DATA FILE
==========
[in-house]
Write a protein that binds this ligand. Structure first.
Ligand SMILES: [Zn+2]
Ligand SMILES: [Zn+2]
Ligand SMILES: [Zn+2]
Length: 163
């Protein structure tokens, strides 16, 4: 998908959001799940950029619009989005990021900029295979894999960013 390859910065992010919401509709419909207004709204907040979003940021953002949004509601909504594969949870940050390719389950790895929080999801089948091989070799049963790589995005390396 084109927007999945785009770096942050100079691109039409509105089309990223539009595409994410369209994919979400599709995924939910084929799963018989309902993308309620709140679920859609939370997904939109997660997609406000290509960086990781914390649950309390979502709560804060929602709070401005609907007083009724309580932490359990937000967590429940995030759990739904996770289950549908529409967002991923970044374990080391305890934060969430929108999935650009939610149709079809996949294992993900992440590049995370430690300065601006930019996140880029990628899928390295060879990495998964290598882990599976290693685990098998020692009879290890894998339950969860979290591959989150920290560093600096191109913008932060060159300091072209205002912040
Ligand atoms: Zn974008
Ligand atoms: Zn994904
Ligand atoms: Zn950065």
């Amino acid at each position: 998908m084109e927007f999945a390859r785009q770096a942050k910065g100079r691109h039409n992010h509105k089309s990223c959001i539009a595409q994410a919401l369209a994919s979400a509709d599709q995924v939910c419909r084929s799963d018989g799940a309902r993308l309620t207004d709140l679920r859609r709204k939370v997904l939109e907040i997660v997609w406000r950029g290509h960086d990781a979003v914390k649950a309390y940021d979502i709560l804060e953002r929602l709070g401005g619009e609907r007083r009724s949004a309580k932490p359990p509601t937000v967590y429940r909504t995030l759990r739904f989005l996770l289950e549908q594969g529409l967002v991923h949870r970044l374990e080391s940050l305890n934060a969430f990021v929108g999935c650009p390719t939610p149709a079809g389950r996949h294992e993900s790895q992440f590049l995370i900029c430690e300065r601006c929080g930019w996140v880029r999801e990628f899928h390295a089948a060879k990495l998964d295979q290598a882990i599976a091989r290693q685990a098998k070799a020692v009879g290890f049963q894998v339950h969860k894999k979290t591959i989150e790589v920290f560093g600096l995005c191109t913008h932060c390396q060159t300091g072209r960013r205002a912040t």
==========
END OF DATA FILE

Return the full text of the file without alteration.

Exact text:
[in-house]
Write a protein that binds this ligand. Structure first.
Ligand SMILES: [Zn+2]
Ligand SMILES: [Zn+2]
Ligand SMILES: [Zn+2]
Length: 163
């Protein structure tokens, strides 16, 4: 998908959001799940950029619009989005990021900029295979894999960013 390859910065992010919401509709419909207004709204907040979003940021953002949004509601909504594969949870940050390719389950790895929080999801089948091989070799049963790589995005390396 084109927007999945785009770096942050100079691109039409509105089309990223539009595409994410369209994919979400599709995924939910084929799963018989309902993308309620709140679920859609939370997904939109997660997609406000290509960086990781914390649950309390979502709560804060929602709070401005609907007083009724309580932490359990937000967590429940995030759990739904996770289950549908529409967002991923970044374990080391305890934060969430929108999935650009939610149709079809996949294992993900992440590049995370430690300065601006930019996140880029990628899928390295060879990495998964290598882990599976290693685990098998020692009879290890894998339950969860979290591959989150920290560093600096191109913008932060060159300091072209205002912040
Ligand atoms: Zn974008
Ligand atoms: Zn994904
Ligand atoms: Zn950065």
């Amino acid at each position: 998908m084109e927007f999945a390859r785009q770096a942050k910065g100079r691109h039409n992010h509105k089309s990223c959001i539009a595409q994410a919401l369209a994919s979400a509709d599709q995924v939910c419909r084929s799963d018989g799940a309902r993308l309620t207004d709140l679920r859609r709204k939370v997904l939109e907040i997660v997609w406000r950029g290509h960086d990781a979003v914390k649950a309390y940021d979502i709560l804060e953002r929602l709070g401005g619009e609907r007083r009724s949004a309580k932490p359990p509601t937000v967590y429940r909504t995030l759990r739904f989005l996770l289950e549908q594969g529409l967002v991923h949870r970044l374990e080391s940050l305890n934060a969430f990021v929108g999935c650009p390719t939610p149709a079809g389950r996949h294992e993900s790895q992440f590049l995370i900029c430690e300065r601006c929080g930019w996140v880029r999801e990628f899928h390295a089948a060879k990495l998964d295979q290598a882990i599976a091989r290693q685990a098998k070799a020692v009879g290890f049963q894998v339950h969860k894999k979290t591959i989150e790589v920290f560093g600096l995005c191109t913008h932060c390396q060159t300091g072209r960013r205002a912040t």